1. Take a hard look at your finances: If you’re currently searching for a job or are about to start looking for a job, immediately look at your finances to see where you can curb costs and expenses.

2. Take inventory & do a full and honest self analysis: Take time to understand who you are and what you can bring to the job table. Really understand your strengths and weaknesses.

3. Set realistic and achievable goals and review them daily: Make your time count when it comes to finding the right job. Make a specific to-do or checklist each day to make sure your job search is productive. Set goals such as “I need to make at least five calls today” or “I’m going to reach out / network with four people today.”

4. Treat your job search like you’d treat a job: Finding the right job requires the same commitment as one would commit to a full-time job. 

5. Network to build relationships, not to find a job: Networking is about building relationships with people who can connect you with people who can help you find a job.

6. Focus on self improvement: For those who are currently unemployed, dedicate time during your job search to acquire new skills and to improve your candidacy. Use this time as an opportunity to build on your existing skills and experience. Make your time fruitful.

7. Develop a job search with professional help: if you can afford it, hire a professional who can offer objective advice and help anchor you so that you’d avoid making common job search mistakes (ie. take the first job offer that comes through, start interviewing with any company that shows interest even if it is the not right fit, etc.) .

8. Stay positive – Interviewers can read negativity pretty quickly, and nobody wants to hire a negative person. By following the first seven tips, you will be a more confident job seeker with more focus, and with a clear picture of the right job that’s the right fit.

Greg Olsten is an Associate in Professional Services at IvyExec.com.
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Over the years I have deepened my understanding of the human experience and improved my skills as a therapist by listening closely to clients.  Recently, while conducting a workshop on coping with the emotional turmoil of unemployment, a participant offered a great suggestion to the group.  When her children were young, she sometimes felt housebound.  She started volunteering to get out of the house and connect with people, as well as make a social contribution.

Once she returned to work she was too busy to continue volunteering.  Unfortunately, because of the downturn in the economy she found herself unemployed and spending hours everyday looking for another position.   After a few months, she started to feel socially isolated.  Remembering the sense of community she got from volunteering years earlier, she decided to try her hand at it once again.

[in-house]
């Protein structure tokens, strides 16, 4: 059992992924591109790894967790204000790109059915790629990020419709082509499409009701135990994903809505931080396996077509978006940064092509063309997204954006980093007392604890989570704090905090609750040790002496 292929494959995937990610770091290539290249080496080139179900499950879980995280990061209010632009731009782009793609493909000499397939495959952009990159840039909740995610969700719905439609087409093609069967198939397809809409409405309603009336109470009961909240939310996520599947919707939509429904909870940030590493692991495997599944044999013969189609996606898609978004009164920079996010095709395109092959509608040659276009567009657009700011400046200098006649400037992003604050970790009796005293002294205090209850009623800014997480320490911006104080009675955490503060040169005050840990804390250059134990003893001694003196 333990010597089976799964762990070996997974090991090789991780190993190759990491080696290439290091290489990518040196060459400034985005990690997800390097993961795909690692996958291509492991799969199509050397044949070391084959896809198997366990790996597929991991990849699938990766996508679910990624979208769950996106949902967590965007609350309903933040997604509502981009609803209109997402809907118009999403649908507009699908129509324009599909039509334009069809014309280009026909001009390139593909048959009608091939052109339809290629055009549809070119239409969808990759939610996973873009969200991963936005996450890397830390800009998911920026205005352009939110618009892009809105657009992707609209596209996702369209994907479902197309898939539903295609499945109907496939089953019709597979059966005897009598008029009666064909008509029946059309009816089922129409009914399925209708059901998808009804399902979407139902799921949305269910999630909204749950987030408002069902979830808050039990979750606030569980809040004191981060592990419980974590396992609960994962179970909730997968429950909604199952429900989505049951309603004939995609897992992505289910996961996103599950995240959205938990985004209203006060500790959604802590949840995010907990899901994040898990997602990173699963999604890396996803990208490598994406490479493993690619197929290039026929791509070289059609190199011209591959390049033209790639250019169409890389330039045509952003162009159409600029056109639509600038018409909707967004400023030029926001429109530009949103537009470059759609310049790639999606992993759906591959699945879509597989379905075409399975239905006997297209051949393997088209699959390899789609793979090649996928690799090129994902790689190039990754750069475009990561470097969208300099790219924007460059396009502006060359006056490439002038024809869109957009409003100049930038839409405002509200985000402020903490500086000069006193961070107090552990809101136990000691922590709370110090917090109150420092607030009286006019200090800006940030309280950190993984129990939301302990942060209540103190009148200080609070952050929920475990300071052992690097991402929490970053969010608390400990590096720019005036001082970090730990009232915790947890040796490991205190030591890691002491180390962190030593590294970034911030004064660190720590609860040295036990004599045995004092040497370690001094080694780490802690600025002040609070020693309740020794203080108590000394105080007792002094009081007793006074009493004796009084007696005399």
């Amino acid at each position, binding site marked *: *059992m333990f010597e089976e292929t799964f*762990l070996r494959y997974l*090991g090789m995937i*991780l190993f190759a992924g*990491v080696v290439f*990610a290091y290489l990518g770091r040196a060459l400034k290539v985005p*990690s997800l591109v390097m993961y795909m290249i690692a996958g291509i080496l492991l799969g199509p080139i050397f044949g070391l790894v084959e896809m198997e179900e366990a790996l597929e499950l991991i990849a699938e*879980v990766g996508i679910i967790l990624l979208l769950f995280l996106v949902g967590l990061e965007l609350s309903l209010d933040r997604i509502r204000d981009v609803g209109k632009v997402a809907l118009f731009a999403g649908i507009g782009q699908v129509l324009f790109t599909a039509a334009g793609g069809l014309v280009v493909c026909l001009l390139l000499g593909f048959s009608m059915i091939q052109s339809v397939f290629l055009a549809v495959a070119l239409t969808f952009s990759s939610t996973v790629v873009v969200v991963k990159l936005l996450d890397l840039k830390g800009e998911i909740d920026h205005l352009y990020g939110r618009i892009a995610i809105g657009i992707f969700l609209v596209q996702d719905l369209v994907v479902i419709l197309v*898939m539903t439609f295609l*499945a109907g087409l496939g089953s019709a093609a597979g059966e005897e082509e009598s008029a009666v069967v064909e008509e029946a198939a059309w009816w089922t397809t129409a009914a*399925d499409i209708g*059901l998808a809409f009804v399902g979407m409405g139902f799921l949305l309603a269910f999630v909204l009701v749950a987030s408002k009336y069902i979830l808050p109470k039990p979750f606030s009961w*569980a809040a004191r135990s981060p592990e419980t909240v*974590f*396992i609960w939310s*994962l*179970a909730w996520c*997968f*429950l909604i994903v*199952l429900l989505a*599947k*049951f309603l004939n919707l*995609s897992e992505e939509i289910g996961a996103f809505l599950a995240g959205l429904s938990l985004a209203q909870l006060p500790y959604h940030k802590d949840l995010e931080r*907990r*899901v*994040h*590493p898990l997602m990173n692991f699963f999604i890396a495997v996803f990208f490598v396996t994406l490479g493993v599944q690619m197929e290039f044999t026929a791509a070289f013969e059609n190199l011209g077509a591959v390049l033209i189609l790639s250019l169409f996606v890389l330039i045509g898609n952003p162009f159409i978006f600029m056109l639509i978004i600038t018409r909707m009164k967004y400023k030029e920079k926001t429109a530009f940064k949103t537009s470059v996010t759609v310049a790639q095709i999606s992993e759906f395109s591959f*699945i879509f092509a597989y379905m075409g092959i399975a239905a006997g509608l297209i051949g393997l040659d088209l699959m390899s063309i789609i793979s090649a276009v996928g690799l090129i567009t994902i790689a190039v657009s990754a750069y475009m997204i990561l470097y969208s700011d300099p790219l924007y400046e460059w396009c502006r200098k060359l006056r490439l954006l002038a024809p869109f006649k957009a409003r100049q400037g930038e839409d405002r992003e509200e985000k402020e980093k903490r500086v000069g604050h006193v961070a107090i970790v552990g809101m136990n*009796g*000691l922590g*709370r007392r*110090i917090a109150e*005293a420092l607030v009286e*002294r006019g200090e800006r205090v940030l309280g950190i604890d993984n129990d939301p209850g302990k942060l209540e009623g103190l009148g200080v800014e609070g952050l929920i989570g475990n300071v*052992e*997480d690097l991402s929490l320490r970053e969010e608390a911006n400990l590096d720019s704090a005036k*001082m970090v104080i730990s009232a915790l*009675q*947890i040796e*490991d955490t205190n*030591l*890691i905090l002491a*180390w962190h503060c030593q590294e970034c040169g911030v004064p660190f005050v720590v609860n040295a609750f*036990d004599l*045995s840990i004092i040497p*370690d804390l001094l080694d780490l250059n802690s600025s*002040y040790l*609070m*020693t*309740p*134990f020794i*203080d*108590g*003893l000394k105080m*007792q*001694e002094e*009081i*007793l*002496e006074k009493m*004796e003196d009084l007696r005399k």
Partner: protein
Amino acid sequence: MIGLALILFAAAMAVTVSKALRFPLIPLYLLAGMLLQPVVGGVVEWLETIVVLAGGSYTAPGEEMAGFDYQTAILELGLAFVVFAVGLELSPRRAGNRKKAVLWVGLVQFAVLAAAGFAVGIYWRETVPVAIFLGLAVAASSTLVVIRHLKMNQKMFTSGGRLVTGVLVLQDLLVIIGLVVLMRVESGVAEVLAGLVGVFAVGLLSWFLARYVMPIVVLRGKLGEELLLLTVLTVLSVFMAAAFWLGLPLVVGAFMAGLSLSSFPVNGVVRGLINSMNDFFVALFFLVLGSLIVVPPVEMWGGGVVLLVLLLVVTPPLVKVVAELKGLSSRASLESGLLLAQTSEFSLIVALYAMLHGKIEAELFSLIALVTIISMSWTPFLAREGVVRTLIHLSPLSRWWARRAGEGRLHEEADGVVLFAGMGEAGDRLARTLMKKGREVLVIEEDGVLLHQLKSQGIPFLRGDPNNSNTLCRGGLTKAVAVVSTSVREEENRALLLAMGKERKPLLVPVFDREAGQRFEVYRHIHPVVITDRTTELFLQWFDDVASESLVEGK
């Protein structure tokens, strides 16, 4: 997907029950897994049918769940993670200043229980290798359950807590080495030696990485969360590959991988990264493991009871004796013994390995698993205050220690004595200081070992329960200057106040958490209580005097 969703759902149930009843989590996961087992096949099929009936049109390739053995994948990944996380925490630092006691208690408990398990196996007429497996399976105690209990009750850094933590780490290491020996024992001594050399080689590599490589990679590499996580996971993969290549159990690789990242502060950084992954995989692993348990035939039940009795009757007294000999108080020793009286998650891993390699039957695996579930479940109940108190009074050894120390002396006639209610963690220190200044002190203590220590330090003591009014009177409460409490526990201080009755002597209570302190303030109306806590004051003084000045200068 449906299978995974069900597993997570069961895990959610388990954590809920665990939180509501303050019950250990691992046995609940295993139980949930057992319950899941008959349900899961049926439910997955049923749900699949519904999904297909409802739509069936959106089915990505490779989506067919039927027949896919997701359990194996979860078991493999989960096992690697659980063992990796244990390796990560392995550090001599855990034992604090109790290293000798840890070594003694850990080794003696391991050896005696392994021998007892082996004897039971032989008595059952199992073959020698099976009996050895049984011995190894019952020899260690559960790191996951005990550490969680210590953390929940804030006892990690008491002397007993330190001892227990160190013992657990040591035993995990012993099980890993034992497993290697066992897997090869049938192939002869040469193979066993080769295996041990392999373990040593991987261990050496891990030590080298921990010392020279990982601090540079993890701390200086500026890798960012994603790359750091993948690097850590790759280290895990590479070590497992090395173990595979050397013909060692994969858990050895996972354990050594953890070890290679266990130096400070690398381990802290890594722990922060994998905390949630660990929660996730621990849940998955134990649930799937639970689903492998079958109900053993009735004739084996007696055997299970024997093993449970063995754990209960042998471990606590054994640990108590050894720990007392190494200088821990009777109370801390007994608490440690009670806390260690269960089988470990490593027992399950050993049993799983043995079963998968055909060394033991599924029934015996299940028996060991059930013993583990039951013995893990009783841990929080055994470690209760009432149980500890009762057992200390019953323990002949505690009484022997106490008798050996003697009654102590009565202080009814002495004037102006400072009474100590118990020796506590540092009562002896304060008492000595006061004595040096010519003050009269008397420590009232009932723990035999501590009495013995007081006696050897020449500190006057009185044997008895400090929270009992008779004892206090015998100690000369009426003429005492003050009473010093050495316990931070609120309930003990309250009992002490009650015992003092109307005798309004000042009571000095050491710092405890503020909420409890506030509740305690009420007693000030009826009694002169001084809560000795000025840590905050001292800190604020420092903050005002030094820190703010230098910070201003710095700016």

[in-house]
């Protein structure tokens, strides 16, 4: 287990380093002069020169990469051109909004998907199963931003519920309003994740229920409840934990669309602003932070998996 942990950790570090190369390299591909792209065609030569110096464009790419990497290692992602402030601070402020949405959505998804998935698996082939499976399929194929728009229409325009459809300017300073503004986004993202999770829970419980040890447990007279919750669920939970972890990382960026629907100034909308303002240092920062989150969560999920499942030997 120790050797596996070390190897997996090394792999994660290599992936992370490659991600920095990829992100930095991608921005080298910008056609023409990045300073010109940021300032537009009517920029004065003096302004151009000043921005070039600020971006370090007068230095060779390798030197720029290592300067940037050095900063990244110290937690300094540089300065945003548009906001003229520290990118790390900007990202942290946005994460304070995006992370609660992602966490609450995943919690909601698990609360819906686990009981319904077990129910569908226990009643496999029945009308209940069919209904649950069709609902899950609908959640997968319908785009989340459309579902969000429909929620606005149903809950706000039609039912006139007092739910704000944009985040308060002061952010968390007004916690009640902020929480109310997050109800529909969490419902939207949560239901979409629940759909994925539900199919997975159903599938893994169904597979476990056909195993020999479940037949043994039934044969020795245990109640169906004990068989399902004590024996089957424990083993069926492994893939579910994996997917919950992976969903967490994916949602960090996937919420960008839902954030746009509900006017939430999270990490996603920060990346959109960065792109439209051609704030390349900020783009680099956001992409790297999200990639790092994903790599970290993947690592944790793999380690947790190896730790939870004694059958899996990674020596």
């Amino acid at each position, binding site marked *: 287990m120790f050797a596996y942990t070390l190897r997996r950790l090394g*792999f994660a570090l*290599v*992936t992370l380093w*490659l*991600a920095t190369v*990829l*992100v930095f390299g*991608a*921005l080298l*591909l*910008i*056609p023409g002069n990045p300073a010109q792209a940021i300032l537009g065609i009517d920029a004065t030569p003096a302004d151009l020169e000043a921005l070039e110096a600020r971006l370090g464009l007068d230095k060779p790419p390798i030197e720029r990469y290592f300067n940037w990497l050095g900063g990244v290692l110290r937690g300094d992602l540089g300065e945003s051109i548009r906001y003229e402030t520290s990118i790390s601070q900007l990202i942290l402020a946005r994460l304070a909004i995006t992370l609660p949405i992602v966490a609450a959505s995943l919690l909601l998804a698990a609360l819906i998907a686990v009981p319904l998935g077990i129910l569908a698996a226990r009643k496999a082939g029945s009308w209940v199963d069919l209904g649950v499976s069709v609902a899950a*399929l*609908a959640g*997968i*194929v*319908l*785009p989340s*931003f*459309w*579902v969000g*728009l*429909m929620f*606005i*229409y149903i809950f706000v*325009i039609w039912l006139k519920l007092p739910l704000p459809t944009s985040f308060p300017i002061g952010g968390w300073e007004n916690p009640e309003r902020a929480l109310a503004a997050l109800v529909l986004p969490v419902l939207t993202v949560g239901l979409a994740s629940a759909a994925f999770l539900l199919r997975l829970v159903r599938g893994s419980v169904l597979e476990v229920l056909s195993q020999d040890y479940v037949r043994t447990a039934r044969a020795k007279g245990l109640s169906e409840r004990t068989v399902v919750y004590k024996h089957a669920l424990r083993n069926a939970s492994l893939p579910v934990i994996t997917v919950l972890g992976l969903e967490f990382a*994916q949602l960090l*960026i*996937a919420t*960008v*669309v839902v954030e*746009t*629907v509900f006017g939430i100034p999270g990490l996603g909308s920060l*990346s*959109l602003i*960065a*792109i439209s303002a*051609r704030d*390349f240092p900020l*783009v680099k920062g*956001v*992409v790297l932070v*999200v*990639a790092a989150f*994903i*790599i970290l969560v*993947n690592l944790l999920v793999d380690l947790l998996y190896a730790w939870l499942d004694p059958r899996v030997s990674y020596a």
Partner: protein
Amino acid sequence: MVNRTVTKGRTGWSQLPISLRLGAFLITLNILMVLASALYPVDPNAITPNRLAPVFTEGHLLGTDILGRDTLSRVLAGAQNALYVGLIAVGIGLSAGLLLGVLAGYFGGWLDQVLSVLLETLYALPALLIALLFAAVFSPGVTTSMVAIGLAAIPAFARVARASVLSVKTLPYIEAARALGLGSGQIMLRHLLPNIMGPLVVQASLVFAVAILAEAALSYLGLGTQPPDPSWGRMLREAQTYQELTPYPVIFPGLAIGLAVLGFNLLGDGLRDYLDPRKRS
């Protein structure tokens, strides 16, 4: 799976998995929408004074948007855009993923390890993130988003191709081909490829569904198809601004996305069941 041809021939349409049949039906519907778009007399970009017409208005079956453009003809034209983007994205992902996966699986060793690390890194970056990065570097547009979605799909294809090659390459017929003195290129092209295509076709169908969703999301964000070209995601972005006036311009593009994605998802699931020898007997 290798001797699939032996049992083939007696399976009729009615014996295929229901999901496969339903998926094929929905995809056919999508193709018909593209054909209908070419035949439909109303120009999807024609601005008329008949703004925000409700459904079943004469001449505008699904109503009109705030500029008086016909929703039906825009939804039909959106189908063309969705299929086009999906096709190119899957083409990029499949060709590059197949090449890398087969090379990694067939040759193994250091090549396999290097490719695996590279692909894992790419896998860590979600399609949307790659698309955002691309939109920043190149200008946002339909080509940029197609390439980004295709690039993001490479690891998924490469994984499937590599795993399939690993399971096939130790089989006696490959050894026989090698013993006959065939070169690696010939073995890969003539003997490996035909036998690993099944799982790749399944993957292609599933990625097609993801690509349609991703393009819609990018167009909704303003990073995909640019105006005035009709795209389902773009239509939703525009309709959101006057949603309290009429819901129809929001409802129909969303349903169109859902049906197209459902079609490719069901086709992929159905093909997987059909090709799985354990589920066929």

It worked.  She looked forward to working with other people and helping the less fortunate.  Her motivation improved as well as her sense of self worth.  As a result, she encouraged other members of the group to volunteer.  When we met as a group a week later, she had inspired four other people to take on volunteer positions.  One person reported that she was learning new computer skills.  Someone in another workshop was hoping the skills she was gaining volunteering at an animal shelter would lead to a job at a privately owned dog kennel.

Our society is richer and more humane because of millions of volunteers across the country.  For those seeking jobs, it not only enriches their lives but also adds to their resume.  It shows perspective employers that you have a cooperative, sociable nature and are willing to give generously of yourself to support a greater cause.  It helps answer the question “What have you been doing while unemployed?” Interestingly, a recent blog post on Ivyexec.com reported that 20% of hiring managers relied on volunteering as part of their hiring decisions.

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Many of my unemployed clients tell me that even when someone gives them a referral, they struggle to call for an appointment.  For them, the telephone weighs 500 pounds.  I hear comments like, “I get a lump in my throat,” “It seems like my heart is going to jump through my chest,” “I feel like I’m running out of breath,” “I’m afraid I’m going to say something stupid.”  Sound familiar?  What makes calling strangers so tough?  What can we do about it?
We are all built with an internal signal system that begins to prepare us for danger; namely anxiety. As anxiety and fear intensifies, we can begin to experience physical symptoms like shortness of breath, rapid heartbeat and/or sweating.  At work is the signal system that triggers the “fight or flight” response.  If we truly faced danger we could respond with a stronger and faster response.  Unfortunately, anxiety can arise when there is no real danger.  If you are becoming anxious before calling perspective employers, your signal system is alerting you to the potential for danger but it is a false alarm.  Start by recognizing that the anxiety you feel is a false alarm.  If you stop to think about it, there is no physical threat.  I suggest you ask yourself,  “What is the worse that can happen”?  Do you really think the person will be mean or just hang up?  If they are rude, it is on them.  I would bet the individual you are calling will be courteous and, if in their power, helpful.
The best approach is practice, practice, practice.  Develop some openings sentences like,  “I’m interested in the position you advertised and would like to tell you how I can help your company,” or “I’m a good friend of Jane Doe, who works in such-and-such department, and she thinks I’d be a great fit with your company.”
Be sure to say something positive about yourself without bragging.  Avoid big words.  Sound upbeat, confident, and conversational, but not bubbly.  Make your opening comment brief and simple.  Sample your opening statement with your spouse or a friend.  Remind yourself that any feelings of anxiety are really a false alarm.  You have nothing to lose, and maybe, just one of those many calls will pay off.